TERMINATING the PROJECT
How to close out your project with confidence.
Project Closure or Phase Closure: The process of finalizing all activities to formally complete a project, or a phase of a project.
It has been said that the most difficult part about a project is getting it started; and that the next most difficult part is getting it stopped. Why is this? Well, for those who live in a northern climate it is a little bit like getting a snowball to roll down hill. Just like that snowball you had to put a lot of time and energy into getting your project started. You had to pack the snow and making sure the conditions were right you had to give it a big push to get it starting to move. Sometimes it stopped and you had to push it again to get it started. Eventually, just like your project, it took on a life of its own and began to go down the hill faster and faster getting bigger and bigger. Now, as it gets to the end, you have to stop it. This is the time to clean up, close the files, and say "Good Bye."
Question: How do you know when it’s time to close the project?
Answer: When any of these occur:
1. The project Objective has been obtained.
2. The Product being developed is saleable.
3. The System is debugged.
4. The essential Support is withdrawn from the project.
A few special obstacles face us as we reach the end of a project’s Life Cycle. Have you ever encountered any of these?
i) The picture is so big that people lose focus on the small amount of work
remaining to be done.
ii) Team members lose motivation because most of the challenge is gone
iii) Team members “drag on” the work because they don’t want the project to
iv) Your project has become the “slush fund” against which everyone charges
their miscellaneous time and expenses.
v ) Everyone wants to be involved; especially those who were never on the
vi) You try to close out the project only to find that the Client says you’re not
vii) The client wants to run the plant (or other project deliverable) on your project costs.
viii) You built it but no one knows how to use it.
ix) You’re getting pressure from your boss to start another large project.
The KEY to closing your project or phase successfully is to start a mini-project of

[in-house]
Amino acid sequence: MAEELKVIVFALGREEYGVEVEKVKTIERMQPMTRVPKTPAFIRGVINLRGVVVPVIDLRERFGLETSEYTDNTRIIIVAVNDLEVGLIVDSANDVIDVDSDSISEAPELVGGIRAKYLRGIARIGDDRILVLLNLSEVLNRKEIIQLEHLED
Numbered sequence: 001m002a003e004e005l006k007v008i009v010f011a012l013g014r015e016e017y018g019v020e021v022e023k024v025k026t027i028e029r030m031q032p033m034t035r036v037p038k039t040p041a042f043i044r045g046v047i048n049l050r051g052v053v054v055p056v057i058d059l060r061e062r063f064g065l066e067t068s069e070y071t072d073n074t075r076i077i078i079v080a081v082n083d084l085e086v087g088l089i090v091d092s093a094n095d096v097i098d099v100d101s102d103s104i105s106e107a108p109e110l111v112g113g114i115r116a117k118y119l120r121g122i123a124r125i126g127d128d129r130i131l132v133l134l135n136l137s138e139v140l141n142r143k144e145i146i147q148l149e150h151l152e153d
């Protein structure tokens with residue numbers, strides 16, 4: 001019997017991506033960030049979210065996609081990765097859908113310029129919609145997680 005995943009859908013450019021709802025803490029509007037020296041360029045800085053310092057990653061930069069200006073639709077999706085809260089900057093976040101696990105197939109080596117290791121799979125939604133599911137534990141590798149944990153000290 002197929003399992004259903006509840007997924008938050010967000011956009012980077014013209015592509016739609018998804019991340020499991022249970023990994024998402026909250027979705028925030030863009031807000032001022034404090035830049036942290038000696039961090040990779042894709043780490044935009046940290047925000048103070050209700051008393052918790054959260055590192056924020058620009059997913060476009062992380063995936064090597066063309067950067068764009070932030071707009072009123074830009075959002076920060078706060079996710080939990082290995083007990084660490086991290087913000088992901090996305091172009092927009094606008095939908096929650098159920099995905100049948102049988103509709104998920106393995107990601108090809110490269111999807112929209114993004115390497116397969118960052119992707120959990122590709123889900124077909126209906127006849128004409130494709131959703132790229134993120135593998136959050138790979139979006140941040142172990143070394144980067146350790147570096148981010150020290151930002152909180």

the few remaining things to be done, and close the original main project as much as possible.
Creating a mini-project of the few things remaining to be done, lets us focus in on that much smaller scope.
To manage your mini-project well, there are 7 simple steps to follow. They are:
1. Make a deficiencies list. This is the mini-project's Scope
2. List the goals to be completed
3. Make plan for the mini-project's Scope and Time
4. Set a budget for the mini-project
5. Plan the Human and Physical Resources needed for the mini-project
6. Monitor and Control the outcome of the mini-project
7. Get a sign-off of completion of the mini-project.
Follow these steps and you will end your project with confidence.
Explanations for these 6 steps are shown below:
1. Make a Deficiencies List (sometimes called a “Punch List”) to identify the
Perceived Needs of the remaining work. This list of work that remains to be done
becomes the "What" (Scope) of your mini-project. Be sure to include Key
Stakeholders and get their input for this step. Get a signed agreement from your
sponsor that this will be the end! Period!
Be cautious at this step not to invite scope creep. The original project scope is still the approved mandate. Zero in on what was originally agreed to. Clearly identify what is included and what is not included in your mini-project.
Be sure to define a clear cut-off to the end of your mini-project. Be able to say, "When these things are done, our whole project is finished."
2. List the Goals for the completion of your mini-project. From Step 1 (above) you
already have "What" to do (the Scope), so now list "When" you want this finished